Tree Following May 2017 Part 10
Many thanks to Squirrelbasket for hosting this monthly meme #Treefollowing
A few days of sunny weather has resulted in a mass of blooms on my James Grieve Apple tree.
A week of late frosts and very dry winds mean I have had to keep a very close eye on weather conditions, I’ve been watering around the base of the tree in an attempt to prevent problems from lack of moisture around the roots during dry conditions.
We have also recently had a couple of weeks of very annoying late frosts which have resulted in me creating a giant candy floss structure in the garden.
Strange, but effective. I covered the entire tree with an extra thick fleece, and It looks like it has worked and every flower continued to bloom unaffected by the cold.
But even better.. The Bees Approved.
Another gratuitous bee in action shot.
After the flowers have been pollinated and fertilised the fruitlets start to form. (I’ve been waiting months to type fruitlets.!).
The promise of apples.
It’s not all been smooth growing, I noticed one of the growing tips, about 6ft high, was looking a bit deformed, on closer inspection I discovered a deformed cluster of flowers and white dusty substance on some leaves. Unfortunately not sherbet but powdery mildew .
Powdery mildew is a fungus which is common on new growth on apple trees.
Symptoms of Powdery Mildew
The RHS say the symptoms of Powdery mildew are:
White, powdery spreading patches of fungus on upper or lower leaf surfaces, flowers and fruit, Tissues sometimes become stunted or distorted.
One of the common causes of Powdery Mildew is dry plants, which is what I thought I was managing to avoid in my garden. Apparently not.
The fungus overwinter in buds. Spores are produced in spring on emerging leaves, flowers and shoots and spread by wind. Infected flowers will not set any fruit. The progression of this disease can be affected by climatic conditions. A harsh winter can reduce the risk of infection; it spreads most rapidly in summer when warm, sunny days are followed by humid nights.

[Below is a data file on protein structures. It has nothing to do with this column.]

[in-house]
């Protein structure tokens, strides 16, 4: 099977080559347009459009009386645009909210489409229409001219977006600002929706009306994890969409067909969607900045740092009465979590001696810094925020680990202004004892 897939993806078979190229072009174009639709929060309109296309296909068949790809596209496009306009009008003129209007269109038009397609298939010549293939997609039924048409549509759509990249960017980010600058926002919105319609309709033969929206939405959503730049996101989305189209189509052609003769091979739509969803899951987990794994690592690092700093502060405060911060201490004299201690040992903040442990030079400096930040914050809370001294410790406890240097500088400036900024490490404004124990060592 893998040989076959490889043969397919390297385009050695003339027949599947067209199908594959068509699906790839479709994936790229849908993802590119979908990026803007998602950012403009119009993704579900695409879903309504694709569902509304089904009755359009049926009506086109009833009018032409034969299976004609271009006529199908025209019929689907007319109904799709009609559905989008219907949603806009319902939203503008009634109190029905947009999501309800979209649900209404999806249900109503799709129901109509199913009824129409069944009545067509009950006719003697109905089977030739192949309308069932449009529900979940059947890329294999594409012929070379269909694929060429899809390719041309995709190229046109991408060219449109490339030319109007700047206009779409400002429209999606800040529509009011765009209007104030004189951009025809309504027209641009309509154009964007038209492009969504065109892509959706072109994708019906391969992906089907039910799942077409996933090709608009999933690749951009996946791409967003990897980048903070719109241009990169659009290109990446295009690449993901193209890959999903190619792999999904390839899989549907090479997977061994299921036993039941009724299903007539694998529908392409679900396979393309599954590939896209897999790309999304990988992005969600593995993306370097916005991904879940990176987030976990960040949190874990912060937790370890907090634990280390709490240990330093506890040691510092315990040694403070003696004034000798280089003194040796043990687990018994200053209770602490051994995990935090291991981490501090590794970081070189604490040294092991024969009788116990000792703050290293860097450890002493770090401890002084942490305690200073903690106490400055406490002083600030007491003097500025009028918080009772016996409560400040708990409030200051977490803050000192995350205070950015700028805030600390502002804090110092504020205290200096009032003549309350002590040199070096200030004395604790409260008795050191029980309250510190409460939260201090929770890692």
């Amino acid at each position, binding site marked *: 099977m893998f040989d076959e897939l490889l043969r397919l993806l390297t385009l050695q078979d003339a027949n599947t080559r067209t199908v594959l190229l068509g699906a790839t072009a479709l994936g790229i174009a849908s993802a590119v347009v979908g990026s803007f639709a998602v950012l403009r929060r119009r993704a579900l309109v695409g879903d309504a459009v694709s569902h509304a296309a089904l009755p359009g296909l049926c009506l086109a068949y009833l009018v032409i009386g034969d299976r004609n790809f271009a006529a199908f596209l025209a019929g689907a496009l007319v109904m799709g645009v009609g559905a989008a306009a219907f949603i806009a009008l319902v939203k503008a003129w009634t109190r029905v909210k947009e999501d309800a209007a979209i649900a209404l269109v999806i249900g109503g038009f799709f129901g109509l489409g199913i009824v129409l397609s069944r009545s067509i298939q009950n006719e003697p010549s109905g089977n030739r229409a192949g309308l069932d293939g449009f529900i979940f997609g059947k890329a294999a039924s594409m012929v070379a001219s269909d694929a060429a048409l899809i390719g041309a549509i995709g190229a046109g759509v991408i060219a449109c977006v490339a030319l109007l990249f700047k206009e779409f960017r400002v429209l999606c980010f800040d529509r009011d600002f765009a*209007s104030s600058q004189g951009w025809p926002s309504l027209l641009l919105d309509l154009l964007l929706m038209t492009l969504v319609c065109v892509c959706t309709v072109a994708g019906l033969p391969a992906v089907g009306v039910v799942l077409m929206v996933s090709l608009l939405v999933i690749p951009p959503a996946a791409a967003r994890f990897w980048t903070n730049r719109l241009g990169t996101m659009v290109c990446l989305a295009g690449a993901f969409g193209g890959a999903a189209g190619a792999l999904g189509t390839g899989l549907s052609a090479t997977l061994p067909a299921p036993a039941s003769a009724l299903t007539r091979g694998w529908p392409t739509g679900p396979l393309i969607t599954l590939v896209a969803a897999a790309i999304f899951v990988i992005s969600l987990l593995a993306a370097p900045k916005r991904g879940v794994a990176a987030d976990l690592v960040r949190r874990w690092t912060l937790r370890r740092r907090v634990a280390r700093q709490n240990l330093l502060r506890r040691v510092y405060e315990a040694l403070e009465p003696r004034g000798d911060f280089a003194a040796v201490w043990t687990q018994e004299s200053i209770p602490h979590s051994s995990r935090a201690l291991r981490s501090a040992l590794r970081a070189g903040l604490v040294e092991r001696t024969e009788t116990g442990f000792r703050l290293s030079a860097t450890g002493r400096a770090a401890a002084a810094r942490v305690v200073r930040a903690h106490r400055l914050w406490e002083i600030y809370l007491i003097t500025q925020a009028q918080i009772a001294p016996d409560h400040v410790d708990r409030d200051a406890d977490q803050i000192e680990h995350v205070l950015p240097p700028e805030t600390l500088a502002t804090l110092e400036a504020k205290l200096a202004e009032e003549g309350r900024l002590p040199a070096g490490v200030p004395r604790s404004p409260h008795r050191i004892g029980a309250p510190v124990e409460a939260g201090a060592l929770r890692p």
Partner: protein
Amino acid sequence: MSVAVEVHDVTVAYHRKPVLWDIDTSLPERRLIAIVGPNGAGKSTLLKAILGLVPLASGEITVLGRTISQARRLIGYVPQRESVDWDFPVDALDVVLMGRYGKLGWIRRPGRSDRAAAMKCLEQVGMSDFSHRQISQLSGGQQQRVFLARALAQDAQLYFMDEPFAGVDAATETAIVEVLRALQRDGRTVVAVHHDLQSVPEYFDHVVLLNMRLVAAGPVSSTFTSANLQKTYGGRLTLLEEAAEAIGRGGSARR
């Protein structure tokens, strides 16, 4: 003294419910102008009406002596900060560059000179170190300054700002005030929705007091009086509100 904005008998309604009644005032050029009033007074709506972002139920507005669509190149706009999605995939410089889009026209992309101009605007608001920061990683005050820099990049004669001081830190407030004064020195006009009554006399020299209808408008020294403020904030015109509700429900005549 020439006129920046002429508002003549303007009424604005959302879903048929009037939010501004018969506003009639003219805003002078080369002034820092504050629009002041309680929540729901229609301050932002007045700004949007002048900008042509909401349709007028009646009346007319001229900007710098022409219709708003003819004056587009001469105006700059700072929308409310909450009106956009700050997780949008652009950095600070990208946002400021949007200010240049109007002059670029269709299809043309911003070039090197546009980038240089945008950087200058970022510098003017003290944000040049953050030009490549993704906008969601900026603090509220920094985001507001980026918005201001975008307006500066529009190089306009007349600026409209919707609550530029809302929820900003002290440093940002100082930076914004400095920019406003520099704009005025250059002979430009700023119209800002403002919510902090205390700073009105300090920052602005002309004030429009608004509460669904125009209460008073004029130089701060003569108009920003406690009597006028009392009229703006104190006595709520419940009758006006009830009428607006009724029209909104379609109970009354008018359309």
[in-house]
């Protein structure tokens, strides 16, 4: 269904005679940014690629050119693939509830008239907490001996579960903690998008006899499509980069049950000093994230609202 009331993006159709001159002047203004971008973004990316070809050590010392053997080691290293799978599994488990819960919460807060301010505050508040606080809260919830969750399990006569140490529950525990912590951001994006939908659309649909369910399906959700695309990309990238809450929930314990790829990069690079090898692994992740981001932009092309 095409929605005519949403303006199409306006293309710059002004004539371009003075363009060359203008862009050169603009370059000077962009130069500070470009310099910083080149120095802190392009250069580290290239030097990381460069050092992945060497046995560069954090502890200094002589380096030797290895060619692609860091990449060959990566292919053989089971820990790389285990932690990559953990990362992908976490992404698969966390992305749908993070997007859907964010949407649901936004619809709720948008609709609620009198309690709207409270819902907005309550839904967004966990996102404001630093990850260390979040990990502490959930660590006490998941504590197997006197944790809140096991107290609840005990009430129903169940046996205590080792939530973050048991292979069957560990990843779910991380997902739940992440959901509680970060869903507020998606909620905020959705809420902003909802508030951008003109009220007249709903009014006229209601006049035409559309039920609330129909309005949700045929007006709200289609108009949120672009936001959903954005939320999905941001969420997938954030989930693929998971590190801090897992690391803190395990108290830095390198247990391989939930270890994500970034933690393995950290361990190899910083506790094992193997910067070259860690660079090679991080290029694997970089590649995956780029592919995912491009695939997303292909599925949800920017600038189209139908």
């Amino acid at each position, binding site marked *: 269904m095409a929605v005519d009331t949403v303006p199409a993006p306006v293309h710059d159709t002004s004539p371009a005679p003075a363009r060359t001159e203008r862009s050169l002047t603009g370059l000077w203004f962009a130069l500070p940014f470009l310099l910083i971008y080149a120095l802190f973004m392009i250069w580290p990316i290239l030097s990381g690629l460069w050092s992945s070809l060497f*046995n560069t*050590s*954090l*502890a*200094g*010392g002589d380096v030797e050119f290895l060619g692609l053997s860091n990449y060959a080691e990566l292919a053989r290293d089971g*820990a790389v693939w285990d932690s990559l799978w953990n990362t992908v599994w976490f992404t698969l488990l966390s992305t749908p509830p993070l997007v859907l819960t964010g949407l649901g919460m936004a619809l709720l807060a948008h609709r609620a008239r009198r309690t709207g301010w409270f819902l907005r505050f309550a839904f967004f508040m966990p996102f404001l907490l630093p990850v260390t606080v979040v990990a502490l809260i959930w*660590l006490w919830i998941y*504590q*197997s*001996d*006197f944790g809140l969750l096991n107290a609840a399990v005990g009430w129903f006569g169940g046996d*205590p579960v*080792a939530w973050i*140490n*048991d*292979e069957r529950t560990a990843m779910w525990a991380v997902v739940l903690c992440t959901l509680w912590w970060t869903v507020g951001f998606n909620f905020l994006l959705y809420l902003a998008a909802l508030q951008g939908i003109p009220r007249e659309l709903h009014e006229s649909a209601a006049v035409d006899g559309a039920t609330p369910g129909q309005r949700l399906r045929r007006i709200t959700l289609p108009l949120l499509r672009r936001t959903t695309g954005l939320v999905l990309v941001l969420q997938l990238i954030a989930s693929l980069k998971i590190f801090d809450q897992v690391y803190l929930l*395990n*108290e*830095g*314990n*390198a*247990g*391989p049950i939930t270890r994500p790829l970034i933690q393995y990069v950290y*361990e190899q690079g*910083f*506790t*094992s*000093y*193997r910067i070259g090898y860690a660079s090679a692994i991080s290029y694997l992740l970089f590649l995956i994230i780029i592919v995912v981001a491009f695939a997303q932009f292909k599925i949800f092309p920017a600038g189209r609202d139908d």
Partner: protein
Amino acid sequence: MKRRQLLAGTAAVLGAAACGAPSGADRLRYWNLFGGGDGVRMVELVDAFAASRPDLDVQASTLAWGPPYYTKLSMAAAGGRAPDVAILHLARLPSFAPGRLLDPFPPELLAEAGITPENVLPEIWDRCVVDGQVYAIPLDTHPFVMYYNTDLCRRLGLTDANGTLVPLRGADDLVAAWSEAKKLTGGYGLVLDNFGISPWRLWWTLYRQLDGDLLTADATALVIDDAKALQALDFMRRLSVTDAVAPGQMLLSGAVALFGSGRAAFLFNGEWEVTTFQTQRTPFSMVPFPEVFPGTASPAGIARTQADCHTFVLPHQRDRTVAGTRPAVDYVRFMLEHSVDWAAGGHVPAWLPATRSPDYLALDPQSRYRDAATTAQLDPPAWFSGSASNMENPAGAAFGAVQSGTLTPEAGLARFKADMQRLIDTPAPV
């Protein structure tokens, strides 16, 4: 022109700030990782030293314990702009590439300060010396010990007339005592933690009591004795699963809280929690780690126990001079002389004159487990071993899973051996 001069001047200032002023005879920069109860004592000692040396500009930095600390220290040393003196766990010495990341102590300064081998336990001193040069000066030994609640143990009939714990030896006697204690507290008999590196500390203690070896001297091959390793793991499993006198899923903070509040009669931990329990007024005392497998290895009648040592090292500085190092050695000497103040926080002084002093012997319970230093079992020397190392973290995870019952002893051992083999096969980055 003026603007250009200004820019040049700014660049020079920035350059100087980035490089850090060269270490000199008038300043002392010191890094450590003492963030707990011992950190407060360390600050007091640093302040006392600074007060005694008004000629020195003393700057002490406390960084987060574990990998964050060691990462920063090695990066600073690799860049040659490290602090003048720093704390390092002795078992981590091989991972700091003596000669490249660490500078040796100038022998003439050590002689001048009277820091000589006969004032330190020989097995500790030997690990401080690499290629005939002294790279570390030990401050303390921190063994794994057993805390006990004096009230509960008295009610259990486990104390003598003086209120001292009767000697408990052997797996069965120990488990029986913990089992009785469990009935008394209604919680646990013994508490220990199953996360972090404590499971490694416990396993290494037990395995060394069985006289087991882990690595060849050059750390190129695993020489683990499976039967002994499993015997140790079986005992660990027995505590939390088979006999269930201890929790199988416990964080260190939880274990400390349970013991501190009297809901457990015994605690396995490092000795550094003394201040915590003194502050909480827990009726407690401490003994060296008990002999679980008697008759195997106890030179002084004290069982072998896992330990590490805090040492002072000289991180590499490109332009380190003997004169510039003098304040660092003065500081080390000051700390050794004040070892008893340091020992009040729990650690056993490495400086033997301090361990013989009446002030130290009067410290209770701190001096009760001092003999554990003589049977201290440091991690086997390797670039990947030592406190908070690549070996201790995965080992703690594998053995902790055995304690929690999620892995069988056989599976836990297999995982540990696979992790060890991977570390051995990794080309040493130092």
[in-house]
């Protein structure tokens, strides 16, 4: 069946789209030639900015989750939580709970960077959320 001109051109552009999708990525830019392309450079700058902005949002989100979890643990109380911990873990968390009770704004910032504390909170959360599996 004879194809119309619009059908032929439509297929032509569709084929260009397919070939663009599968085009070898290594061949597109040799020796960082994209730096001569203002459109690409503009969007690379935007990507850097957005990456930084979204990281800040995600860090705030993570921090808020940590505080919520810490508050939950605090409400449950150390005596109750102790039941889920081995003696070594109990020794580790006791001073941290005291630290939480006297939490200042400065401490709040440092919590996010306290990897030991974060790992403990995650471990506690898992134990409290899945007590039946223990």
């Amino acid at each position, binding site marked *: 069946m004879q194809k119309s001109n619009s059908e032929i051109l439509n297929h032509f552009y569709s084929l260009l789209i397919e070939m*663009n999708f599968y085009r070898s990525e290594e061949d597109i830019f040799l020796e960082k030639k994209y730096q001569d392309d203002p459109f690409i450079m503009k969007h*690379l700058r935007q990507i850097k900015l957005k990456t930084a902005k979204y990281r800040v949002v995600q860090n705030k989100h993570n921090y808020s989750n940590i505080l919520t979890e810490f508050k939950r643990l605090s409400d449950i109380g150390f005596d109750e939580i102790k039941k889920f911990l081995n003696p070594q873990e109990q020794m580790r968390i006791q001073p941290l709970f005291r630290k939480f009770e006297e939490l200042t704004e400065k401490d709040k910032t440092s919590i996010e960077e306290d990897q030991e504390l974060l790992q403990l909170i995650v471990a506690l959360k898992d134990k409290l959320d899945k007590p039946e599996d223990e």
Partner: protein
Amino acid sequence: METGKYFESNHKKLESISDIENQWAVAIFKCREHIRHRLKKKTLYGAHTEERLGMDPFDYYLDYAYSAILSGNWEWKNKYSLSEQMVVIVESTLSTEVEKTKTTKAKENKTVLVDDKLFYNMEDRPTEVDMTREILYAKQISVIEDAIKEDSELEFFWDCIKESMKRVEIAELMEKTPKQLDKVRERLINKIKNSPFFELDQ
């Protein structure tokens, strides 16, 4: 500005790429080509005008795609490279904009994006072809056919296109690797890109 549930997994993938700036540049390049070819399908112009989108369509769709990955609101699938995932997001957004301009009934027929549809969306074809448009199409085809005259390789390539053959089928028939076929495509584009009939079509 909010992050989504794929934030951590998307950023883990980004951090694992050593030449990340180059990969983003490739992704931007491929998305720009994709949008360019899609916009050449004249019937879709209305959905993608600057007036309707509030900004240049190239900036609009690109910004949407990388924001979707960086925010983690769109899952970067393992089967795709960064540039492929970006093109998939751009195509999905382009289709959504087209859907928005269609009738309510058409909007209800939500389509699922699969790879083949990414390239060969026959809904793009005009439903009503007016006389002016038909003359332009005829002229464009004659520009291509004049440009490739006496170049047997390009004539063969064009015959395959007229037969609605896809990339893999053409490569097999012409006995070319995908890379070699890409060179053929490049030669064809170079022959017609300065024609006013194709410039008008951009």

Control and Prevention
Since the 30th November 2016 there have been no fungicides available to use on edible crops.
Pruning: In winter, prune out any shoots and buds that have been infected with mildew. Shoots will appear silvery/grey, and buds distorted.
Cut back to several buds below the infection.
In spring, carefully remove any infected leaves and shoots.
Prune directly into a bag to prevent spores from spreading. Check trees weekly through the growing season and carry on cutting out any infection.
On small trees this can be a very effective method of controlling mildew, if done thoroughly. Prune trees regularly to get good air circulation.
Cultural control: Mulch in spring around trees to stop the soil drying out.
Water your trees in dry weather. Avoid applying too much nitrogen such as in bulky animal mares, as this will promote lots of soft growth which is highly susceptible to infection.
Variety choice: Varieties can vary in their degree of resistance to mildew.
Try to avoid susceptible varieties when planting new trees.
Some Trees that Garden Organic found to be less susceptible to Powdery Mildew are:
Allington Pippin, Arthur Turner, Brownlees Russet, Court Pendu Plat, Crawley Beauty, D’Arcy Spice, Discovery, Early Victoria, Fortune, Golden Noble, Golden Reinette, Grenadier, Jupiter, King Edward VII, King of the Pippins, Lord Derby, Redsleeves, Rev. W. Wilks, Upton Pyne, Worcester Pearmain.
And a few varieties which are more susceptible are:
Cox’s Orange Pippin, Crispin, Golden Delicious, Jonathan, Lane’s Prince Albert.
I’ve decided to keep a regular watering regime up around my apple tree, and to cut off the infected shoots. The infected shoot will go into the household waste bin.
So for now all looks good.
Until next month.